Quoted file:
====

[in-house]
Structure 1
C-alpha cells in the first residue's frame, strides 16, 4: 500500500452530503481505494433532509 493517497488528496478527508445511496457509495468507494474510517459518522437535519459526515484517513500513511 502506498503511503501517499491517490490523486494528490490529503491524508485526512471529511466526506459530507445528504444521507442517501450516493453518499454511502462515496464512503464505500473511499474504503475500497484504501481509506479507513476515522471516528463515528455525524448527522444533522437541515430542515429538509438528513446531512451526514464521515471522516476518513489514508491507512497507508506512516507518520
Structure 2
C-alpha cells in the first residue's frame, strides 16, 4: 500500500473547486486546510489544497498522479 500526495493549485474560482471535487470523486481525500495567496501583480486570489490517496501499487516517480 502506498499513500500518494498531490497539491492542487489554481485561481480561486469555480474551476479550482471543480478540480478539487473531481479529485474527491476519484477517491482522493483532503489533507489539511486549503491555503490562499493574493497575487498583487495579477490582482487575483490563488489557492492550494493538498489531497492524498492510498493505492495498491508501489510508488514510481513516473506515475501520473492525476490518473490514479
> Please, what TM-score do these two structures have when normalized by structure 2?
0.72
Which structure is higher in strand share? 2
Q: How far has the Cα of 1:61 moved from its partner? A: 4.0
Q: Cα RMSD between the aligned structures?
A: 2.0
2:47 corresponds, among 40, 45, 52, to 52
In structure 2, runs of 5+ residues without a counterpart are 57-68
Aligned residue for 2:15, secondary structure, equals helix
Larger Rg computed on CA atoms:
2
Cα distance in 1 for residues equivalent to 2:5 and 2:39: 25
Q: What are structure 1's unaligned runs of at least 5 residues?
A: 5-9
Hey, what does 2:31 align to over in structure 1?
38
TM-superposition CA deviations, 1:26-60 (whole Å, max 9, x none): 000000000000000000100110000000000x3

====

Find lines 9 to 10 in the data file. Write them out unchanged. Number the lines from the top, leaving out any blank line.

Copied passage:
Q: How far has the Cα of 1:61 moved from its partner? A: 4.0
Q: Cα RMSD between the aligned structures?